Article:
Short Stories

I crumple over a snowy-white boulder carpeted in lichen. My eyes drift over the things around me; I see symbols, pictures written into white birch-bark, secrets left behind by moss lettering and fairy-feet. Patterns are etched into the soil beneath me; worn roots curl into spirals, and mushrooms, bearded with mold, make ancient villages in the shadow of the trees.


Homecoming—Frances Brindle

You are twenty-three and already you have two children, a boy of four and a babe in arms. You have a husband too, a handsome man with a moustache like a flourish. He is in Belgium now and you pray for him every night with the boy beside you, on your knees with your heads bent and your hands pressed together. The boy’s knees are plump and dimpled and when you bathe him, you kiss each knee and tell him you could gobble him up. 

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Gravity Has Left This House—Amy Stone

They tickle, those tiny bubbles, skimming up her skin. She imagines little pearls, escaping the closed shell of her mouth, through the smallest fissures. She never opens her eyes underwater. She doesn’t trust it. But she likes to lie under the bathwater, like this, for as long as she can hold her breath. She can remember being in the womb. She’ll never tell anyone, but she’s sure she can. 

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Why I Keep No Fire—Jonny Rodgers

Pushing the cottage door closed required all my meagre strength. Finally, with my shoulder aching against the grain, I wrestled it to and fumbled down the large iron bar. Thunder complained foully outside, the keyhole whistling as I caught my breath. No, Jeremiah Tinderton – your humble narrator – will never be acclaimed for his titanic constitution. My skills are in the sifting of soil, the cataloguing of stones, and the classification of rare minerals: modest gifts, I grant you, but they are my own and I take comfort in knowing where the streams of my talents flow freely and where they merely trickle tributaristically.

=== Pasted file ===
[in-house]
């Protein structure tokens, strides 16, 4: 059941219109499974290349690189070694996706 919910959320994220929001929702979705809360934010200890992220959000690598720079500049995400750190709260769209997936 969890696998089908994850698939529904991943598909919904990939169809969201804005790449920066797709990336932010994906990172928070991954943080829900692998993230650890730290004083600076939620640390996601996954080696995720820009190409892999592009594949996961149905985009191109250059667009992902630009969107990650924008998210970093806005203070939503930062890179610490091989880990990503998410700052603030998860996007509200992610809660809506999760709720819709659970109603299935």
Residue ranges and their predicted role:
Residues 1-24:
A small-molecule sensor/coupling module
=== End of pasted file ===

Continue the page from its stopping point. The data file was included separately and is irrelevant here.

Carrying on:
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Par Temps de Pluie—Emma Timpany

I squeeze my way through the crowded lobby and down a passageway lined with marble sculptures to a bright white atrium and a curving marble stair. At the entrance to the gallery, I show my ticket for the exhibition and the guard waves me through. Upstairs, on the white walls, hang paintings of clouds, sprayed chalk on slate, simple and ethereal, traces of the scantest precipitation created by a desert-dwelling artist homesick for English gloom.

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The Dripping Thing—Cat Voleur

“This house is haunted.”

Of course, Louis hadn’t listened. It sounded silly at the time. He’d been too arrogant, and the price had been too good.

“Excuse me?”

Now, it’s too late.

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Homegrown—Sophia Adamowicz